What if, instead of multiplying all my values that change each frame by delta time, I just increased one number in increments multiplied by delta time, and used that number to advance to the next frame? What's really the drawback here?
As far as I can tell, the famous "Fix Your Timestep!" article doesn't mention this.

Basically, I had implemented everything using integer positions with the intent of making games that had a similar game feel to NES and GameBoy Color games. This worked perfectly when using frame delay, but when it came time to implement delta time, it wasn't as simple as just multiplying my velocities by delta time. It was so much more of a headache than it was worth.

So I was inspired by this video (specifically the part on random numbers) to come up with a dumb solution like so:

float dirty_delta = 0;

while (!done)
    float dt = get_delta_time();

    dirty_delta += dt * 60;


    if (dirty_delta >= 1)
        dirty_delta = 0;



After implementing dirty delta, the program appears to work just fine. So if all I care about is keeping the game loop from moving too fast or slow based on the user's machine, is this good enough for government work?


1 Answer 1


I do not know about government work, of which government, and which laws...

We can be sure there won't be an issue with not passing delta if:

  • You know the hardware you are targeting, it has predictible performance, and a standard refresh rate.
  • You can identify when a frame is taking too long and have a commitment to fix it before release.

Or from the opposite point of view, not passing delta has these possible drawbacks:

  • If you decide to change the frame rate (e.g. porting to a different hardware, or if you want to make it match the refresh rate of the display) your code won't be able to adapt to that.
  • When a frame is taking too long (either because the update code is a bottleneck, or because the OS/CPU/Other apps degrading performance), your code could not adapt to that. Arguably you might want this.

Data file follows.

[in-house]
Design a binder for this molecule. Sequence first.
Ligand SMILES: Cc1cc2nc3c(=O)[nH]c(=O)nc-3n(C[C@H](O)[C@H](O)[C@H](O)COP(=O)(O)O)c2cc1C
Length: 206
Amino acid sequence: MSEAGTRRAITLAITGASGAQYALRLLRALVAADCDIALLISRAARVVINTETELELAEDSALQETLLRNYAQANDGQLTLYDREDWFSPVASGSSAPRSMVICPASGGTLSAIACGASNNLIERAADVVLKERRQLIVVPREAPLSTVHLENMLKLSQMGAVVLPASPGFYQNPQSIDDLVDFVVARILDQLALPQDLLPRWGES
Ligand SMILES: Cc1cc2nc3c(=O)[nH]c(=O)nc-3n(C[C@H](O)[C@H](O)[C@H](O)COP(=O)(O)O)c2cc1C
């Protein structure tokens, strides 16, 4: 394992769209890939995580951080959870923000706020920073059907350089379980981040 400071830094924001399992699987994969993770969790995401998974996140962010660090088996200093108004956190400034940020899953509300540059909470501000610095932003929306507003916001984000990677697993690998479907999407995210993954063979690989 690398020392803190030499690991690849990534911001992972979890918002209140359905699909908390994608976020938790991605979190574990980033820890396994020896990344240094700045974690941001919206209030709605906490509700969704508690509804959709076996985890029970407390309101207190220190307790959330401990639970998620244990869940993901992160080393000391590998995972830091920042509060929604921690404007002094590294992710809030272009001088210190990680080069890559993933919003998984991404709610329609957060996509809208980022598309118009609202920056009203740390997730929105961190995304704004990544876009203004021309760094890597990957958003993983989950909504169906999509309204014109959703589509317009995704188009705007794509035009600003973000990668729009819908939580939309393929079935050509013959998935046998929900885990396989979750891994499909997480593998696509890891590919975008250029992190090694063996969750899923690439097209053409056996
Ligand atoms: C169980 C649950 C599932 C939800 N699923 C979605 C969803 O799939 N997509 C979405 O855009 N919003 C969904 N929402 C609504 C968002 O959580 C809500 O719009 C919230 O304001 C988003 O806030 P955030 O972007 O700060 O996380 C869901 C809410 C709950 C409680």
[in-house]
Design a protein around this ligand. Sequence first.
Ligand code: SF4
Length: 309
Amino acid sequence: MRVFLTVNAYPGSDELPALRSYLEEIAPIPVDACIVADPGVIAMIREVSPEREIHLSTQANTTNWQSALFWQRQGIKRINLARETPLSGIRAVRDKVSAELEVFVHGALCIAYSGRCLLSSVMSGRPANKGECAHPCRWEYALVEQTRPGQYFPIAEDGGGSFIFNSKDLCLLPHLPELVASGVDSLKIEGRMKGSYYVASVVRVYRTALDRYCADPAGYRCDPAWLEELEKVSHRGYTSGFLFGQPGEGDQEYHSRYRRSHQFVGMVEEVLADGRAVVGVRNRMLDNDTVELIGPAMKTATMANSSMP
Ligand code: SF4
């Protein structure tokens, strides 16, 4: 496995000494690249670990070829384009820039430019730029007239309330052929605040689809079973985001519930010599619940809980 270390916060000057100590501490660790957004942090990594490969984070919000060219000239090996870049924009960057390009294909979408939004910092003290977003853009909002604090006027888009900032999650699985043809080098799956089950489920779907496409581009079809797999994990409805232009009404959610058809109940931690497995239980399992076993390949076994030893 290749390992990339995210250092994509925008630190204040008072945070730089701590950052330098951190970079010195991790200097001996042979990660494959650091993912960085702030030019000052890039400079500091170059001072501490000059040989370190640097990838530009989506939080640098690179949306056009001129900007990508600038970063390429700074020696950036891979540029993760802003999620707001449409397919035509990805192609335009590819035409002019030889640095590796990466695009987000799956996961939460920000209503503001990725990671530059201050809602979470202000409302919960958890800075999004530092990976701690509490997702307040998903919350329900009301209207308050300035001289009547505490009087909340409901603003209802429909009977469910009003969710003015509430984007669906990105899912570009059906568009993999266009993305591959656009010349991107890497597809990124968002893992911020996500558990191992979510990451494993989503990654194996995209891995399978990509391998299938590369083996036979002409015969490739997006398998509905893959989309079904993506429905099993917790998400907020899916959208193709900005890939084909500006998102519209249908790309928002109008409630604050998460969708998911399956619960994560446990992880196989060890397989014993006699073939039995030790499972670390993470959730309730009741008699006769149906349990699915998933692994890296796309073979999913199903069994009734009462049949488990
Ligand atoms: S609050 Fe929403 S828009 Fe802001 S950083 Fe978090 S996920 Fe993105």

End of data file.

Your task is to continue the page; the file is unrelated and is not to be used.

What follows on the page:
We can also argue that not using delta has a benefit: update code is simpler (e.g. we assume a constant delta, or hardcode values as if already multiplied by delta), and since it would be doing less (less multiplying by delta) it would perform better (if this improvement in performance is significant is a different matter).

Thus, not passing delta is a good option on limited hardware with fixed specifications, in particular when the game is the only thing running on the system (which is the case of old consoles).

I see that in the code you post you call draw every loop, thus the concerns about refresh rate might be mitigated already (I'm assuming draw hides logic for swapping buffers, checking for VSync, or similar). Consider if you can save time in redundant draws by using a similar structure to the one you use for updates.

And about the updates, as I mentioned above, perhaps what you want is that updates to not adapt to the timing between updates. For example, if a particular frame takes longer, you won't see entities doing a big step afterwards to compensate.

You could pick some minimum hardware specifications below which your game is not expected to perform well anyway, so you can take that as your target hardware, and if you can assure that your updates stay within their allocated time on that target hardware (barring OS/CPU/Other apps)… Then if there are performance degradations, at least your game is not to blame.

Doing that might require (depending on your game and the target hardware) techniques such as:

  • Limit the number of entities in the game at any given time.
  • If you allow more entities that can be updated then each frame a different subset gets updated.
  • Or you might have some have a simple update (e.g. keep going the direction they were) and some have a complex update (e.g. do path finding).
  • Speaking of complex updates, you might want to write it a way that can be halted and resumed on the next update.

Notice that these and similar techniques depends on the game, and as such a general purpose game engine cannot make promises about them, so it makes sense that game engines give you delta (another reason for engines giving you delta is that they might allow to export your game to different hardware and operating systems).

I cannot tell you if that is OK for your game. And your government.

And I remind you to test.


You must log in to answer this question.

Not the answer you're looking for? Browse other questions tagged .